Sunday, January 21, 2007

The Almighty Echelon

For those of us in road and crit racing, echelon is one of the most important concepts to understand.  (Actually, “free lap” and “sag wagon” are two of my personal favorites.)

We all know what a “paceline” is; multiple cyclists riding in a straight line, one behind the other.  Well, an echelon is really nothing more than a diagonal paceline.  (Technically, a paceline is a straight line echelon, but whatever…) The key to the echelon is that the diagonal be moved right or left depending on the existence and strength of a cross-wind.  Let me draw it out for you.  echelon.jpg

Say 5 riders are in a breakaway.  There is a cross-wind coming from their right.  To maintain the most speed and maximize the draft for all the riders, the group should form an echelon so that the tip is to the right, while each rider is back and to the left of the rider in front of them. (see diagram)

Notice that the riders are overlapping wheels.  I know rule #1 in group riding is not to overlap wheels, but to effectively form an echelon, this must happen. Just like a straight paceline, there are problems if the riders are not cooperating, have not experienced this formation, or are otherwise clueless as to what is going on. Consequently, if you are intending to use this tactic, there are some things to consider:

  • With beginning bike racers, don’t use the term echelon.  They will probably think you are speaking French and just stare at you blankly. (If they don’t know the term, for safety’s sake, you probably don’t want to ride one with them anyway. 
  • After the lead rider pulls off (actually rides straight backwards), the second rider needs to avoid increasing the pace of the group.  For the lead rider to get back in line, he will have to go all the way to the back, move behind and to the left of the last rider, and then move up into position.  If the group were to accelerate, this rider may well get dropped.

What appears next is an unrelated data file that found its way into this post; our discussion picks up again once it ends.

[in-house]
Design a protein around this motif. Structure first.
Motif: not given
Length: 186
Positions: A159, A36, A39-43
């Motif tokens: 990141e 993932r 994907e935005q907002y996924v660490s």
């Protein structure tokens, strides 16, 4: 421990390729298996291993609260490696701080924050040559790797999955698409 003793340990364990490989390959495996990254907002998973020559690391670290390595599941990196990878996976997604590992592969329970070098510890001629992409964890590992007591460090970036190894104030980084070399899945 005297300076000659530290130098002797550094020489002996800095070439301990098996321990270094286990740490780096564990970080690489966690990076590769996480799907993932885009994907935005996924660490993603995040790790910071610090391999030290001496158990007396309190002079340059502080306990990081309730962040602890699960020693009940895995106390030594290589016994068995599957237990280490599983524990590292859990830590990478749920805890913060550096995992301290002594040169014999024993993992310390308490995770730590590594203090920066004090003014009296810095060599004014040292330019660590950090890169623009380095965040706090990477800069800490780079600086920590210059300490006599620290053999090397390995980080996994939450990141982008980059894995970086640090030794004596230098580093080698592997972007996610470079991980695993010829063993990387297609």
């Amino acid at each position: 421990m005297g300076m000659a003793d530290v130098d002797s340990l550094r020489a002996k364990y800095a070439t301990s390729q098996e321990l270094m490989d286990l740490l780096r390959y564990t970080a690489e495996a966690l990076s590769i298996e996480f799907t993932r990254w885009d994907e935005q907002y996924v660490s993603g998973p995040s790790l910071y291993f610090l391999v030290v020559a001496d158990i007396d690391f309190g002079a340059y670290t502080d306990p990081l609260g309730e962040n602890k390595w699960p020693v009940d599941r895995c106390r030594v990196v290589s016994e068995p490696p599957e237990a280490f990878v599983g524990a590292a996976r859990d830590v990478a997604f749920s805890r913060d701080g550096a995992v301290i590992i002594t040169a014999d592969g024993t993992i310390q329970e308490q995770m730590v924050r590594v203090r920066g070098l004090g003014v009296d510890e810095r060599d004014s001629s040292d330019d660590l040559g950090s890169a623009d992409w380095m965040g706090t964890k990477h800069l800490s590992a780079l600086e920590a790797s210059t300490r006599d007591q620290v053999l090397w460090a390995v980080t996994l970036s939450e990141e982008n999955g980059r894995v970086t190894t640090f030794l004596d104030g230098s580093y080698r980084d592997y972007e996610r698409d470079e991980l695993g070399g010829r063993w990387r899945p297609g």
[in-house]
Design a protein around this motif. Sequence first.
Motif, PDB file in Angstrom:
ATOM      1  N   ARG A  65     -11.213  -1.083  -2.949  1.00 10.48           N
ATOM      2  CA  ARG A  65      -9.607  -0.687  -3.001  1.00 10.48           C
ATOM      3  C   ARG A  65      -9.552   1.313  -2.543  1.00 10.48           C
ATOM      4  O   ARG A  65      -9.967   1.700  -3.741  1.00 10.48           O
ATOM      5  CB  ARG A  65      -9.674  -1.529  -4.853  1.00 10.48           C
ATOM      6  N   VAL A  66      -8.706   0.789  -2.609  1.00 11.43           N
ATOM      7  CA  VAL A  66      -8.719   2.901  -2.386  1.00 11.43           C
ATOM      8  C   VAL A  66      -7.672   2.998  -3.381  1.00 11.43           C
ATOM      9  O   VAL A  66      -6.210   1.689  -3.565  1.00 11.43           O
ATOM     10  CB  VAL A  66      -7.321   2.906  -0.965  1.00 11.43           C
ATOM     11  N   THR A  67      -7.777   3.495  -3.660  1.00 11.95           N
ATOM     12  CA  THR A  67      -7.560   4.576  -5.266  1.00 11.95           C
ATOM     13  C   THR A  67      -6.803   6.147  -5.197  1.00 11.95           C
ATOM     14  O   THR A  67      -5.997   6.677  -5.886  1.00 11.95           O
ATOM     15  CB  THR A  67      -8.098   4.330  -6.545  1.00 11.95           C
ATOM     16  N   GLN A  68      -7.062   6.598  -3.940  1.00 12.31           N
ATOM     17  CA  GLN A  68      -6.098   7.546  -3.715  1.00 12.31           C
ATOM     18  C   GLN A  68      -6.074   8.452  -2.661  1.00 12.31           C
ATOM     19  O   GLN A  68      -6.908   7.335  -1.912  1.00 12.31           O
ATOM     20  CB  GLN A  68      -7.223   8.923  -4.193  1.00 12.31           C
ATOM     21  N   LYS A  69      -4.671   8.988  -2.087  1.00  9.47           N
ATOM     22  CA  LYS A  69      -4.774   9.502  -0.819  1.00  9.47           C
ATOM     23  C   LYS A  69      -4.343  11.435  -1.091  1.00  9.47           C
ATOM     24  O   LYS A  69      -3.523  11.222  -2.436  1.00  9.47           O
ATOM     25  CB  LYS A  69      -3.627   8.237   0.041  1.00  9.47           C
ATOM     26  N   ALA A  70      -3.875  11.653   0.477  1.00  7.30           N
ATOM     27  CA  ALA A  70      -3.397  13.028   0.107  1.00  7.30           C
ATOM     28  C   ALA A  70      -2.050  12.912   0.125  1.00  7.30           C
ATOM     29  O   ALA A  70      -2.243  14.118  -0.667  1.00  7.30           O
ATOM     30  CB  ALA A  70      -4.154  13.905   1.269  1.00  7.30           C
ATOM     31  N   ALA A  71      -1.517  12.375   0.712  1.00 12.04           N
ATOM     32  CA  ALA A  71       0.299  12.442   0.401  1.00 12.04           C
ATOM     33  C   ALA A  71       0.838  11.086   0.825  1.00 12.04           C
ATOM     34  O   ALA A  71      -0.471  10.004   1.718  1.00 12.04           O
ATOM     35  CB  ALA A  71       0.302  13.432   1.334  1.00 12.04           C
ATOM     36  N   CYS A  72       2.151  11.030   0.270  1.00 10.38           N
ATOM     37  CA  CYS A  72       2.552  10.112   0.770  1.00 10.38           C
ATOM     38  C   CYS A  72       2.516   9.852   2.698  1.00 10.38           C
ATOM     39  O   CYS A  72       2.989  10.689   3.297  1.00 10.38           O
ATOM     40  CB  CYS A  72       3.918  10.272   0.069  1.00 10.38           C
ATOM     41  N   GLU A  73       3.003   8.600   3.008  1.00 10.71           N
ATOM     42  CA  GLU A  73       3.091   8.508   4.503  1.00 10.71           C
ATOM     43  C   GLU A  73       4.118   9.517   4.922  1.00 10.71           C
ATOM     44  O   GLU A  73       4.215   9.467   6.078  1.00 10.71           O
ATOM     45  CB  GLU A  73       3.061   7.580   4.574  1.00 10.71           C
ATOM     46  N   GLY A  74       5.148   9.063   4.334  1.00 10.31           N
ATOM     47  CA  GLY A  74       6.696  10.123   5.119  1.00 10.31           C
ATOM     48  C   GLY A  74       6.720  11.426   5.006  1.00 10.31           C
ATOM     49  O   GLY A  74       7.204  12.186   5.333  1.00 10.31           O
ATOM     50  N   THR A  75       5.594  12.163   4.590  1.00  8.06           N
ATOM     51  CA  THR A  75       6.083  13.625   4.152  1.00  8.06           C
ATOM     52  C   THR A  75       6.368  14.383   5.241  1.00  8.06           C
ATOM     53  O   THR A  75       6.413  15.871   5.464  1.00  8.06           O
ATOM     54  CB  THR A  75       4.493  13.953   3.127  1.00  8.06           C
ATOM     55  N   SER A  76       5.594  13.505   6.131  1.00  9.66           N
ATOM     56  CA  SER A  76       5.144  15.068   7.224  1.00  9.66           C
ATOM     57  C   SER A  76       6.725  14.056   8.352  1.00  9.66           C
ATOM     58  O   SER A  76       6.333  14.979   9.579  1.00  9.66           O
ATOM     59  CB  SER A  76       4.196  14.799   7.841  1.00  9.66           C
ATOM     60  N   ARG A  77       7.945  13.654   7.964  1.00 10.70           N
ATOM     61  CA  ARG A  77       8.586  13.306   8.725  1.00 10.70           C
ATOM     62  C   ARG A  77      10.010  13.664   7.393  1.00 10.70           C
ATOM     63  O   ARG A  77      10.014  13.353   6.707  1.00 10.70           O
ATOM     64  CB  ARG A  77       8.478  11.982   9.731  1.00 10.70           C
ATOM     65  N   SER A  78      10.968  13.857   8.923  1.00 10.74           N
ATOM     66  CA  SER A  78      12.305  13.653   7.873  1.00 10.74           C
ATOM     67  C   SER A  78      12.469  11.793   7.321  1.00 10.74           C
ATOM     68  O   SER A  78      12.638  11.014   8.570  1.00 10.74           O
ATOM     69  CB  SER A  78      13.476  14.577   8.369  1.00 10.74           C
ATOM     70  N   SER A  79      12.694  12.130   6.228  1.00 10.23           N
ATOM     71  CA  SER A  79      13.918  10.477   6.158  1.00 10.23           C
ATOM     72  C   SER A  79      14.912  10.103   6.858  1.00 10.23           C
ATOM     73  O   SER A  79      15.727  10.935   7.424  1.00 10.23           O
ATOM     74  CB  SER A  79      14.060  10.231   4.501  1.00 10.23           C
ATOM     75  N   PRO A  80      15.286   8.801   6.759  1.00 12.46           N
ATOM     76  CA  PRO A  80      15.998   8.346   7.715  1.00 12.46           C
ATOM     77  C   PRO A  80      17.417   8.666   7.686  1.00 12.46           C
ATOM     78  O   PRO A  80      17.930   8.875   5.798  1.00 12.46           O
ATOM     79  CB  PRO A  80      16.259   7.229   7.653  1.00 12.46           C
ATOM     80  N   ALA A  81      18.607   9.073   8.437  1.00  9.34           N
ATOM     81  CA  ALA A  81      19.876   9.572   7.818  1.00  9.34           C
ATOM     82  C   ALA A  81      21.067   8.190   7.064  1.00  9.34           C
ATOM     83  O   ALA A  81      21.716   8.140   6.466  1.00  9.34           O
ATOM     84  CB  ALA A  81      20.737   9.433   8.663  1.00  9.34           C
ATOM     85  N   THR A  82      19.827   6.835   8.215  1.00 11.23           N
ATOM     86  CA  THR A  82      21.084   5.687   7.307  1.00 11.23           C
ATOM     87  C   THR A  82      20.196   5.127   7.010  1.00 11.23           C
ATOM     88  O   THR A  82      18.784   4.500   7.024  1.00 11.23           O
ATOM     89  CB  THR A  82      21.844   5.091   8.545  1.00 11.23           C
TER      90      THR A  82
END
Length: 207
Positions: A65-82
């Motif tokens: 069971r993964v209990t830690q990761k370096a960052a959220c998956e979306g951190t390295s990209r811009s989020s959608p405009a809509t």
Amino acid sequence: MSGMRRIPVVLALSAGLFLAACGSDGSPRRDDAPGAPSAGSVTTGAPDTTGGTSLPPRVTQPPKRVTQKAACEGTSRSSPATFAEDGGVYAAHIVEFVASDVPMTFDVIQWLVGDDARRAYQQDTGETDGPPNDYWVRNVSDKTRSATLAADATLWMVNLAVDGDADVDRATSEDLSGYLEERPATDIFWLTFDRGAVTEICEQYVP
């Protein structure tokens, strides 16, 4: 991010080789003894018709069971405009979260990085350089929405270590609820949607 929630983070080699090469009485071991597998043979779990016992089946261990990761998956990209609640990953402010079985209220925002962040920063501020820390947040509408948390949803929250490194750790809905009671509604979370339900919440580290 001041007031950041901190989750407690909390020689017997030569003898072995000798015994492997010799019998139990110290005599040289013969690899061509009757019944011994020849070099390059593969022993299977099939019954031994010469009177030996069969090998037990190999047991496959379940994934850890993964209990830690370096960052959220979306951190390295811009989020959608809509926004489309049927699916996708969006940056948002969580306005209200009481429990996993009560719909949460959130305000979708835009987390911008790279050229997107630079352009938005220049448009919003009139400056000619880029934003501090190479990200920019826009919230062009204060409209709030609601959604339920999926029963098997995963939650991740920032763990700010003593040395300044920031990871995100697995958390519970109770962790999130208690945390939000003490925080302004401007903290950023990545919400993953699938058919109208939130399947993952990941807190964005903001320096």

• When moving into the lead position, keep a constant rate and move a little to the right.  This enables the entire field to shift towards the wind, effectively opening up a spot for the lead rider to assume the last spot.
  • A larger group should use a constantly rotating echelon.  This is where the lead rider pulls off as soon as he gets to the front.  This forms two lines of riders, side-by-side, and working like a conveyor belt.   Because the rider moving into the last position is protected from the wind from the riders in front of him, the pace can be higher than a single line echelon.

Following are two bonus tips.  These are more advanced - not that they are hard to understand or implement, I just call them “advanced” because it makes you think that you are getting a really good deal by reading on.  Besides, even some seasoned riders don’t seem to understand them.

  • When in the lead position, stay as close to the wind direction as practical.  In the example above, the lead rider needs to ride on the right side of the road.  If the rider were to ride away from the wind (i.e. the left side of the road), then there would be no way for the other riders to line up on his left. 
  • Conversely, if you do not want to echelon, but instead rip the field apart, then absolutely ride towards the left.  As people will not be able to protect themselves from the wind, you and your team can minimize any help the others get from the draft and, in stronger crosswinds, cause the field to split.

Cold weather blows

Trying to be a good eco-citizen (and increase my training miles at the same time) I have been commuting to work on my bike these last 6 months.  Yet, for some reason Mother Nature doesn’t seem to appreciate it at all.  It has been getting colder and colder every passing day.  Here I am doing my best to reduce emissions and she is trying to freeze my ass off!    What’s up with that?!? 

The other day I reached my breaking point.  After a particularly cold day, I figured it was time to take action.  Did I buy an extra layer of clothes?  Hell no, that would only help me stay warm.  What about the rest of society?  Instead, I did what any reasonable person would have done in my situation.  I ran to the bathroom and collected as much aerosol hair spray canisters as I could.  I sprayed them all up into the sky.  After emitting as much CFCs as I had available, I felt much better that I had done my part in creating a bigger hole in the ozone, and hopefully contributing to global warming.